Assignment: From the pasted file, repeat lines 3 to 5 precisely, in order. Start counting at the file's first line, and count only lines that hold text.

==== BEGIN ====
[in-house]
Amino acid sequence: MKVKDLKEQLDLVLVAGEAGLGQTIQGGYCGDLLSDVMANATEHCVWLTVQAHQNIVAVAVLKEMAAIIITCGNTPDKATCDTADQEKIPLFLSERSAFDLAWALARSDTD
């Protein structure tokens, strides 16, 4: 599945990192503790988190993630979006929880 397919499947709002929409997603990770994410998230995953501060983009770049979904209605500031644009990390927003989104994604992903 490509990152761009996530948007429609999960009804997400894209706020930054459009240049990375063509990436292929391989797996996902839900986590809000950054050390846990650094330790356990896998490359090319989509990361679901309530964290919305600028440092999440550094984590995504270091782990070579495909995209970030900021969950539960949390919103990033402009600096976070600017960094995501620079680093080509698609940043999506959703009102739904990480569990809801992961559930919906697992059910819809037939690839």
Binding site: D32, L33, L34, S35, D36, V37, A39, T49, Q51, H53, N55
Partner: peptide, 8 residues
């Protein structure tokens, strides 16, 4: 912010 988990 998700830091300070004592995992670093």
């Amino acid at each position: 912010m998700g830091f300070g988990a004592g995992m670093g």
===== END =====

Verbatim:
């Protein structure tokens, strides 16, 4: 599945990192503790988190993630979006929880 397919499947709002929409997603990770994410998230995953501060983009770049979904209605500031644009990390927003989104994604992903 490509990152761009996530948007429609999960009804997400894209706020930054459009240049990375063509990436292929391989797996996902839900986590809000950054050390846990650094330790356990896998490359090319989509990361679901309530964290919305600028440092999440550094984590995504270091782990070579495909995209970030900021969950539960949390919103990033402009600096976070600017960094995501620079680093080509698609940043999506959703009102739904990480569990809801992961559930919906697992059910819809037939690839």
Binding site: D32, L33, L34, S35, D36, V37, A39, T49, Q51, H53, N55
Partner: peptide, 8 residues